Re: Are high end fly lines worth the expense?
A modern PVC (Polyvinyl Chloride) fly line is, at its simplest, an extruded mix of PVC, plasticizers, dyes, and micro-balloons over a hollow-braided Nylon core. The core is a constant diameter - the thickness of the extruded material varies the taper. Many fly lines are made on one length of core material and then cut apart for packaging.
The early plastic lines used a solid braided Nylon core that was tapered, and the plastic was a single thickness. This was a holdover from tapered oil-finished lines, both silk and Nylon.
The reason that PVC floating lines often have a problem with the tip sinking is two-fold - first, if the tip is made fine enough for good presentation, it doesn't have enough volume to offset its mass (the apparent specific gravity exceeds 1.0, the specific gravity of water); second, the hollow core may become saturated with water through capillary action.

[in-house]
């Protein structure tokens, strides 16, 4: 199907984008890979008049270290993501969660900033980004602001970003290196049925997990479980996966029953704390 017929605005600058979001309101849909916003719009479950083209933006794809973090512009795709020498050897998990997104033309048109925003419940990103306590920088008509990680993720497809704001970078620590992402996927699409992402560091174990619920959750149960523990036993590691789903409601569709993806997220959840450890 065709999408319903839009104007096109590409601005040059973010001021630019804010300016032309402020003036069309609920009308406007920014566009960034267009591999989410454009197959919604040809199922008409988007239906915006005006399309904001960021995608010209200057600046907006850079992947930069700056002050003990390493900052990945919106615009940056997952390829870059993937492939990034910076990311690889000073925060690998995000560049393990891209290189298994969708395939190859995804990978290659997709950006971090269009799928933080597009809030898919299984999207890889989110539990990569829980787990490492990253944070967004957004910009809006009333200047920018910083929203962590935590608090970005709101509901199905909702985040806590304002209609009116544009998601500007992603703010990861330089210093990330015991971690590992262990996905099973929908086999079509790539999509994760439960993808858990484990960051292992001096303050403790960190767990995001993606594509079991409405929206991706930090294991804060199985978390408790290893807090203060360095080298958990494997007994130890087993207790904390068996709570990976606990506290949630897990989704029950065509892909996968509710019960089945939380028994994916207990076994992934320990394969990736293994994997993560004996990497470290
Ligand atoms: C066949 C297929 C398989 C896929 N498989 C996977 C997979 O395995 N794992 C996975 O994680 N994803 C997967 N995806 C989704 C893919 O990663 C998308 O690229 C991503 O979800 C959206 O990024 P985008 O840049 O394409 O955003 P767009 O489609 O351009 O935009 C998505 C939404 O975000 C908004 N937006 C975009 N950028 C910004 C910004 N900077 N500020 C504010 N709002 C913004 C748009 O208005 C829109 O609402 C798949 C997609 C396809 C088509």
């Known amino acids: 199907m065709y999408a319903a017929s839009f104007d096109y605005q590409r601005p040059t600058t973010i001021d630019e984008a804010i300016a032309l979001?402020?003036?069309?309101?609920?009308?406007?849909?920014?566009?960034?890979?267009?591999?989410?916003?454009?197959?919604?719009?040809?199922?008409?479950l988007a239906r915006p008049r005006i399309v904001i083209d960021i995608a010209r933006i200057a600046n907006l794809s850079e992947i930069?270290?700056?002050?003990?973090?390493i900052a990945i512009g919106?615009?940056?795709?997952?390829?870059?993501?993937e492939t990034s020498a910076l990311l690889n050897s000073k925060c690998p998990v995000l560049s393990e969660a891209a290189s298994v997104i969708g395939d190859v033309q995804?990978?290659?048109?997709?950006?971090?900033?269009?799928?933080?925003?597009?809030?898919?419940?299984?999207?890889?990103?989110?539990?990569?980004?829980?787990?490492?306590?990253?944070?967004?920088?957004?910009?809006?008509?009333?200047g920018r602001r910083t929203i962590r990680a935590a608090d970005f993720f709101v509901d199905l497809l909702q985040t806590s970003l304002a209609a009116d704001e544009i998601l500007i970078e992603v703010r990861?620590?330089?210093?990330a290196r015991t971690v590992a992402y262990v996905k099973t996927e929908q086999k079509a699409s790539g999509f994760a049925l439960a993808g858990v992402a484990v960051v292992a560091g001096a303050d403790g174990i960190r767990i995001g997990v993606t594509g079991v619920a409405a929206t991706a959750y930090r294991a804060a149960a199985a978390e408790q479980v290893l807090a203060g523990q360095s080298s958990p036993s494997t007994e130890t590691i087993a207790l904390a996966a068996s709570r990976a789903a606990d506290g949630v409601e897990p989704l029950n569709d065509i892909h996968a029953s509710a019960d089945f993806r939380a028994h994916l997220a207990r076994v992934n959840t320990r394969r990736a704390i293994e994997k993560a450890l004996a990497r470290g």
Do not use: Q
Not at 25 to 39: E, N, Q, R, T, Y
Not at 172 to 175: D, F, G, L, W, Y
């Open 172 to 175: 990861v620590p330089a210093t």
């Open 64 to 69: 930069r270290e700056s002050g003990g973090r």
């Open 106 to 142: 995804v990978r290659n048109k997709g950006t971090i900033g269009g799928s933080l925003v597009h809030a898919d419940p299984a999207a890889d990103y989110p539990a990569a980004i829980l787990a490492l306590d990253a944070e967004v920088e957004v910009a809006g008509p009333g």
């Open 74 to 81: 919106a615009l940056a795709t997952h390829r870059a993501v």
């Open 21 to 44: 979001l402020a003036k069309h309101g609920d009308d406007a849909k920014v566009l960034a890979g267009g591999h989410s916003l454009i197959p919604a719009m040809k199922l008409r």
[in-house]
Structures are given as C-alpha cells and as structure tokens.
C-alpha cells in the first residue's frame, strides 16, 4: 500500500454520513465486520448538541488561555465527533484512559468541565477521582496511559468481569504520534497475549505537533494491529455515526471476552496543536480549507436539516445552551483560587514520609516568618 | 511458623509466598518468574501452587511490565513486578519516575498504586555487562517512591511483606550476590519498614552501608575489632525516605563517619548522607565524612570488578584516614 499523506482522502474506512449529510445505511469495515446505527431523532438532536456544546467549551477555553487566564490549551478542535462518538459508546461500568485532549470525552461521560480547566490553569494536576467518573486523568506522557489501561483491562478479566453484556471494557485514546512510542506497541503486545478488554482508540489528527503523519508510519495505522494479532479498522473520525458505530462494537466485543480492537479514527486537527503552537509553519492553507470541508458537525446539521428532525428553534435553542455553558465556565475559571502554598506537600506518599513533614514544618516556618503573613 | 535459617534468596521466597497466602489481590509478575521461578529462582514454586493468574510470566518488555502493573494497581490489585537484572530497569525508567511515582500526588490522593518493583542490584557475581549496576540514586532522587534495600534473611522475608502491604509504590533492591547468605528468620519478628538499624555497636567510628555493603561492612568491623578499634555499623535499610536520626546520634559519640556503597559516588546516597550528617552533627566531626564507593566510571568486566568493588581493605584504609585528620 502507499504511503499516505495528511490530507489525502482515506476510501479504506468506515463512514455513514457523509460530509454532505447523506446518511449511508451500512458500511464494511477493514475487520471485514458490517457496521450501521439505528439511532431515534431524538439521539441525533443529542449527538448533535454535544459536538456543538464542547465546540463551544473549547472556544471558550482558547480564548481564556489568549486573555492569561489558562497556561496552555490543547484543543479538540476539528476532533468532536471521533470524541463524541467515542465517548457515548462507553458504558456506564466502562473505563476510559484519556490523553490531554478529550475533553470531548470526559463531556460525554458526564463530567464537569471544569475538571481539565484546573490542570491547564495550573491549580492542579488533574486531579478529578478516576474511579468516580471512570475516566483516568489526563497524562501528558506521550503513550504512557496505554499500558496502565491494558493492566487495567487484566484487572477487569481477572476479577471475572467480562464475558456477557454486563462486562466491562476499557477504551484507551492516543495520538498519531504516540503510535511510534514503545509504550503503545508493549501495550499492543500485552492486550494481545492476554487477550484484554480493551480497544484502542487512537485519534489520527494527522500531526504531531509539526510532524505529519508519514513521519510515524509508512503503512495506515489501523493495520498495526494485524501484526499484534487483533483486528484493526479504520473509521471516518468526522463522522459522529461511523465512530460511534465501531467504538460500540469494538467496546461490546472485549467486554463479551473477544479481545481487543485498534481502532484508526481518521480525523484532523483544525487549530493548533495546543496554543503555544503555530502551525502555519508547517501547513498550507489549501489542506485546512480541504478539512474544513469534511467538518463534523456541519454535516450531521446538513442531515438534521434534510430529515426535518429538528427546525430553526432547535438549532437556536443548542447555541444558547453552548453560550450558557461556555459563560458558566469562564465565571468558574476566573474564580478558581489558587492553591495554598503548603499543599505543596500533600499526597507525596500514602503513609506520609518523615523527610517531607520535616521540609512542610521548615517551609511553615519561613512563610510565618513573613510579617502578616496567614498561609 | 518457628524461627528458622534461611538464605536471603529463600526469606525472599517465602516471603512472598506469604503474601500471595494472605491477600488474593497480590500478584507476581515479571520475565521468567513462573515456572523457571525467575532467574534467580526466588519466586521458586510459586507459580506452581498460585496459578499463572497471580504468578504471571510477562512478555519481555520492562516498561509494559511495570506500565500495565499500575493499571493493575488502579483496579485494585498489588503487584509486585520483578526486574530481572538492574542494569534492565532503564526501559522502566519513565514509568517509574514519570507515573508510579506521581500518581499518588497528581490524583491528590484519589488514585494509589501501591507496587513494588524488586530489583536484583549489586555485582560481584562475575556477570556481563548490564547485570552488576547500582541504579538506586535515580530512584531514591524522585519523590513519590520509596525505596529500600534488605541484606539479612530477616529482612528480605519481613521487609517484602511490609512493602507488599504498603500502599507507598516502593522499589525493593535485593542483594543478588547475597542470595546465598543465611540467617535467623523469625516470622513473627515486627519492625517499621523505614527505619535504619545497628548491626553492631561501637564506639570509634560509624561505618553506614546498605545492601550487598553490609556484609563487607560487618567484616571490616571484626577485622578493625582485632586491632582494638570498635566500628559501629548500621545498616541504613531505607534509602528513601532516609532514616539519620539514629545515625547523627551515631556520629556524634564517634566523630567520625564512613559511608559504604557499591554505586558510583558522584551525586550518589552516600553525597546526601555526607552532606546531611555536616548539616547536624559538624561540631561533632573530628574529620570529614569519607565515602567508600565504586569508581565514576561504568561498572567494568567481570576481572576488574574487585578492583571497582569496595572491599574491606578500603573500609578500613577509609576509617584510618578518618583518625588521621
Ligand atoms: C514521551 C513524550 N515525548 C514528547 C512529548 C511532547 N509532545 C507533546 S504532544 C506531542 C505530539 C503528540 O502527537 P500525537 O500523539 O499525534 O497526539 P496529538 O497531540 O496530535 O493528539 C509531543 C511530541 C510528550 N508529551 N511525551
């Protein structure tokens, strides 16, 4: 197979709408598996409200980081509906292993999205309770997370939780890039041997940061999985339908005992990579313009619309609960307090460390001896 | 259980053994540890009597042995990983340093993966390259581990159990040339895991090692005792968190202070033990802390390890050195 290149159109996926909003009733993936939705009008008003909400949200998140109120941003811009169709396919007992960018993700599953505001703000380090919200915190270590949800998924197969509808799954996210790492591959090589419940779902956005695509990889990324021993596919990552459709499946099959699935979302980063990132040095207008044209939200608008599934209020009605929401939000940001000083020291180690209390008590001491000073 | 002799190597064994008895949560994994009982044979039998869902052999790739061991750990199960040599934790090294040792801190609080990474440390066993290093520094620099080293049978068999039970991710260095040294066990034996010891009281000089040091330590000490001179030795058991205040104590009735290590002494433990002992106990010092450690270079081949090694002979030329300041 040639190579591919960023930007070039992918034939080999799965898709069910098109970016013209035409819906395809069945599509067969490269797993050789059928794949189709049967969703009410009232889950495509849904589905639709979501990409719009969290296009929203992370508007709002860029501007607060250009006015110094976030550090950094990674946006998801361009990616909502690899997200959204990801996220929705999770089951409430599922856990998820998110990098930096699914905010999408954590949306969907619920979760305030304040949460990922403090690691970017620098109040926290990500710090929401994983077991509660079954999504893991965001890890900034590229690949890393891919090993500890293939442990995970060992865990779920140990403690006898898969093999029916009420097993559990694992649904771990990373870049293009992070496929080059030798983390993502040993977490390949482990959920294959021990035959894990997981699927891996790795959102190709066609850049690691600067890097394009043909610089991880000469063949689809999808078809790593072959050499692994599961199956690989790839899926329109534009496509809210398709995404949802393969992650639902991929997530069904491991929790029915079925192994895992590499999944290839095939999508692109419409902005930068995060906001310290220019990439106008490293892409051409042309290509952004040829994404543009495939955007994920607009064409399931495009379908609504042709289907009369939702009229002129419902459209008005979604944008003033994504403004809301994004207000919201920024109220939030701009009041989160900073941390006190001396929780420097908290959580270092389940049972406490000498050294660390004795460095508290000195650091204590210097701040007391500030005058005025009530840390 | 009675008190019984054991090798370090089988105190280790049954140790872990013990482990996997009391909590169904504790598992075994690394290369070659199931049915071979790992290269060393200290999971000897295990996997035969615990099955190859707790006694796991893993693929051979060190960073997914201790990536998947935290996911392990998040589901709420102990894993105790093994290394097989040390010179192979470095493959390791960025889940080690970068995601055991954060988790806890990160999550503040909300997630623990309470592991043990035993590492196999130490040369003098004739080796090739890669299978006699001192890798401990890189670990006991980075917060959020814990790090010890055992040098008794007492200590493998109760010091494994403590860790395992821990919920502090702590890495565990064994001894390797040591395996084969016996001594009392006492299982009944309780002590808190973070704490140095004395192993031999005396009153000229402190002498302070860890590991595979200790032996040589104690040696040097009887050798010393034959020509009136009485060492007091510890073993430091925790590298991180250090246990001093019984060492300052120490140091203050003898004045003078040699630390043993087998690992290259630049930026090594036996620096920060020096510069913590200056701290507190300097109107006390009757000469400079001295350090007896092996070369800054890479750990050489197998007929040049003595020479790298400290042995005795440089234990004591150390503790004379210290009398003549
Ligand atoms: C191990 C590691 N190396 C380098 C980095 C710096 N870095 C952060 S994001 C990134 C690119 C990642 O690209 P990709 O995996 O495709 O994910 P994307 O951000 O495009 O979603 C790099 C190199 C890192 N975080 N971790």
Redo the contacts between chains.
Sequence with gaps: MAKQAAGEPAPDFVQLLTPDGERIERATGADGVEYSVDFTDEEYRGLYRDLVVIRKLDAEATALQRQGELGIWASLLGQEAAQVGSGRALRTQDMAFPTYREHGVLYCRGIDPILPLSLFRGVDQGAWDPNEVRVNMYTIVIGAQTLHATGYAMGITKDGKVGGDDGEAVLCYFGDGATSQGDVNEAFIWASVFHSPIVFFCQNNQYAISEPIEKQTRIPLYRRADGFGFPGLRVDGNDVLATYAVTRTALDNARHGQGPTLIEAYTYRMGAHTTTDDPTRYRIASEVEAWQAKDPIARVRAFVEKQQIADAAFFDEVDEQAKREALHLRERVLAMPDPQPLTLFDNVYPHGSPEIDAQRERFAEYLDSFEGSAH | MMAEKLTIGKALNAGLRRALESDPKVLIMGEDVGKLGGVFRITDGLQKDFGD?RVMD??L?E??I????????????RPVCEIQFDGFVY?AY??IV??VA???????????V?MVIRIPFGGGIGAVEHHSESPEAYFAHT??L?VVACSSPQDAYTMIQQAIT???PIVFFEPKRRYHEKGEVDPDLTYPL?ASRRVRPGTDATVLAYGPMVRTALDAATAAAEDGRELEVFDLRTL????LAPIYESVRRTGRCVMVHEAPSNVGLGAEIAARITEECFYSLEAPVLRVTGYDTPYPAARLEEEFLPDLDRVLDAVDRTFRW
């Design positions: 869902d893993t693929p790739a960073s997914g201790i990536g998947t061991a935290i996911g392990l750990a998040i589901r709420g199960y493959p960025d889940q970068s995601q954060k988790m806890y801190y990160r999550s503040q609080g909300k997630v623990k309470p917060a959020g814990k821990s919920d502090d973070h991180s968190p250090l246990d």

Dressing the tip with a hydrophobic coating (red tin Mucilin) may help the tip to float. Also, plugging the end of the core with Zap-A-Gap couldn't hurt.
P.S. - a single PVC fly line probably costs less than a dollar in materials and a few dollars in labor. The real cost is in advertizing - convincing you that you need the latest in fly lines.
Last edited by overmywaders; 09-02-2012 at 09:46 PM.
Reason: a P.S.